15. Keeping in view the above aspects, the Committee recommends the following –
The recommendations at (b) and (c) have been made because once OD becomes a resource to fund the gap between receipts and expenditure in a particular year, it becomes a recurring and growing necessity in subsequent years as resource mobilization does not catch up in short term while expenditure commitments persist. Therefore, such "hard budget" constraints are being recommended as a disciplining mechanism to avoid OD for long periods.
Thus, with a Bank Rate at 6.25 per cent at present, the OD upto 100 per cent of WMA limit would be at 9.25 per cent and for the OD that exceeds 100 per cent of the WMA limit, the rate of interest would be at 12.25 per cent. It may be noted that though the recommended increases are steep in comparison with the present rate, they are still lower than the present level of rates of interest of 13-14% which are charged on the negotiated loans.
Dissemination of data
16. The Committee recommends that, as in the case of the Central Government, the RBI should disseminate data on net RBI credit to the State Governments – State-wise on weekly basis. This will provide transparency to the financial operations of the States. Many of the State Finance Secretaries have also agreed to this suggestion. In view of the sensitivity of the information, the Committee recommends that the RBI may consider an appropriate periodicity for their dissemination.
Transfers from Government of India
17. The State Finance Secretaries generally were in full agreement that two of the major factors contributing to liquidity problems, even after discounting the adverse impact of the deficit, were the abrupt shortfalls in actual monthly transfers from the Central Government to the States as compared to the budget estimates and the bunching up of releases of Plan funds for the Central Sector and Centrally-sponsored schemes, especially in the last quarter of the financial year.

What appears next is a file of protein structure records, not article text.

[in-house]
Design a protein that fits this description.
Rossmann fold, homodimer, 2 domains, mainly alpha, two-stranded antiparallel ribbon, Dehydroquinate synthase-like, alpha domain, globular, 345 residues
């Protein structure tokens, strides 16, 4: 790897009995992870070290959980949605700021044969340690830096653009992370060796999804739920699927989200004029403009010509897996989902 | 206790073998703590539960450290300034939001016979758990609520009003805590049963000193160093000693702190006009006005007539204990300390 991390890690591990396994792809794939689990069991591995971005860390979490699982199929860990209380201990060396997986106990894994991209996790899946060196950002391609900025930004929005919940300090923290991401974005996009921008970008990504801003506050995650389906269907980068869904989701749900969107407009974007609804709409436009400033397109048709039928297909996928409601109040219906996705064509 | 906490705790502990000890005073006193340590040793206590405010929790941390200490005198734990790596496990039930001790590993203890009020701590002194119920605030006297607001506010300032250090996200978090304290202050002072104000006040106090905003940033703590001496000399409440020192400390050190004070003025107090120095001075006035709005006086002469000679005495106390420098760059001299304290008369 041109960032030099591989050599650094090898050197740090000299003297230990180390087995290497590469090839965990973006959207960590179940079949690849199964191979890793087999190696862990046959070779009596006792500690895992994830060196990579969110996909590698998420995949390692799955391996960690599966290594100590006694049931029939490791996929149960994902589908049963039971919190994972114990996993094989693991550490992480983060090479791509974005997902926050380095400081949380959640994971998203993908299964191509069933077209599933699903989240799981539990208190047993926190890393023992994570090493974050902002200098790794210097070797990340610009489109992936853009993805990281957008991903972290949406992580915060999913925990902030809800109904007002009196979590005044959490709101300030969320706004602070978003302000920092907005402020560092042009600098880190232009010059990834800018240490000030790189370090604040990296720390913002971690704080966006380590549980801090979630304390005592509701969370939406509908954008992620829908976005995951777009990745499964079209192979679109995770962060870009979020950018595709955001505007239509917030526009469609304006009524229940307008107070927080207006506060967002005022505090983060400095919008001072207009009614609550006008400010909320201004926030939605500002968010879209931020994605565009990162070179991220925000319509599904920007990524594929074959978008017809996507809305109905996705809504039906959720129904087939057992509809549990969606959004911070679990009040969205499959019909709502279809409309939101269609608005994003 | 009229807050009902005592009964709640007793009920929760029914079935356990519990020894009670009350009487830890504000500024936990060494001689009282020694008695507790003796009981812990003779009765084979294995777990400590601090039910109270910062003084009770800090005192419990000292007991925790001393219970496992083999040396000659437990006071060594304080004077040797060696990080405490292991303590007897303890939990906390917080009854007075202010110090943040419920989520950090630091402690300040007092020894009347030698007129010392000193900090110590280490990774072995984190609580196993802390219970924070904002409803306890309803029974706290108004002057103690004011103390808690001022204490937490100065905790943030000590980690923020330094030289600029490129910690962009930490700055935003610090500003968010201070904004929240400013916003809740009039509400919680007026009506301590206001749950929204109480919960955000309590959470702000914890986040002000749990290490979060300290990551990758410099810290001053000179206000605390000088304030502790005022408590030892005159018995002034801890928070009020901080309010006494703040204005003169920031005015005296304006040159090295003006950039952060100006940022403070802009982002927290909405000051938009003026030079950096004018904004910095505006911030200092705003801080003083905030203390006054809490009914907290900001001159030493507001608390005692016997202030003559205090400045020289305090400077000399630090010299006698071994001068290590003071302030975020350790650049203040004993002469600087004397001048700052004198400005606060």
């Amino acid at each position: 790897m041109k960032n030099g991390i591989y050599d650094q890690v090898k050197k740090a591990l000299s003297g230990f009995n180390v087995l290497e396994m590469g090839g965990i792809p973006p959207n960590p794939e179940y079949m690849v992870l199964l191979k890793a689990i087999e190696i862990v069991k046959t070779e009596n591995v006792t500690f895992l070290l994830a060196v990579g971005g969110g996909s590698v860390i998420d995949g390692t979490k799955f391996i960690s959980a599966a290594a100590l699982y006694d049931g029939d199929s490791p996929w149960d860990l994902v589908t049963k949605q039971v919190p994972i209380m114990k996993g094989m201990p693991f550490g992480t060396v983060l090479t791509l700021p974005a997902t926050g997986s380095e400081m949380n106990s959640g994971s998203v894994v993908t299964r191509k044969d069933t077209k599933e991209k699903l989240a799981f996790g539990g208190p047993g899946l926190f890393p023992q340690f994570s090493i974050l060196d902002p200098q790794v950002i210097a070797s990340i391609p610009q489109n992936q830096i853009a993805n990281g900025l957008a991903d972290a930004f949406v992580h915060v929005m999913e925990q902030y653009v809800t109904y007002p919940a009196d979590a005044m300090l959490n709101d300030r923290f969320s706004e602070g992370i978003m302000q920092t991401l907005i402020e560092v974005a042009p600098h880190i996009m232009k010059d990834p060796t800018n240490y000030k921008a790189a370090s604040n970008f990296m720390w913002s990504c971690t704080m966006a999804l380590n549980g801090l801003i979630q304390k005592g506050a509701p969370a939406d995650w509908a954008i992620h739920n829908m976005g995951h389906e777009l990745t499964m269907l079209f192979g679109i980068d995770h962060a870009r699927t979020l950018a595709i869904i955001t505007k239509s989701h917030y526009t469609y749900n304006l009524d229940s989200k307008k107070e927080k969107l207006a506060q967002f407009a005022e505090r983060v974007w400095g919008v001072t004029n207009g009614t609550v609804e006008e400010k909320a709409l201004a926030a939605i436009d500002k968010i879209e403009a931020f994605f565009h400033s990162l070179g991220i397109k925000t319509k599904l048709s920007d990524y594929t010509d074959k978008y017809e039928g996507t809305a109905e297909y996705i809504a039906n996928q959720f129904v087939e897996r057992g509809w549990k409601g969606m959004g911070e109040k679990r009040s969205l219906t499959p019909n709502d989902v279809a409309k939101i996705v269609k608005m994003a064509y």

18. As far as reduced transfers from the Central Government are concerned, it was observed that in certain years, abrupt and sudden reductions in the devolutions from the Centre to the States vis-à-vis the budgeted estimates had occurred because of shortfalls in collections. However, this has not been a common or regular feature and would either get corrected when the collections improve within the year or would have to be factored into the budget as a curtailment of the annual estimates of revenue receipts warranting proportionate expenditure cuts. The matter relating to releases from the Planning Commission are of a different nature. One of the complaints from the States was that a larger share of plan finances were given as earmarked funds on Centrally-sponsored schemes, that too outside the Consolidated Fund of the State, and that only a smaller share is being received as untied Plan loans. The related issue was that of bunching of releases in the last quarter whereas expenditure is incurred uniformly throughout the year. From the point of view of the Ministry of Finance / Planning Commission, such bunching occurs because of delayed certification of utilization by the States. These are issues that have to be examined by the Planning Commission and the Government of India. As far as their impact on the problem of cash management is concerned, the Committee feels that the liquidity crunch created by them, though genuine, can still be accommodated within the liberal WMA limit presently available to the States. As pointed out earlier, the recommended WMA limit works out to 38.28 per cent and 46.08 per cent of the monthly revenue receipts of the non-special category and the special category States respectively and the likely shortfalls would be very much of a smaller order than this.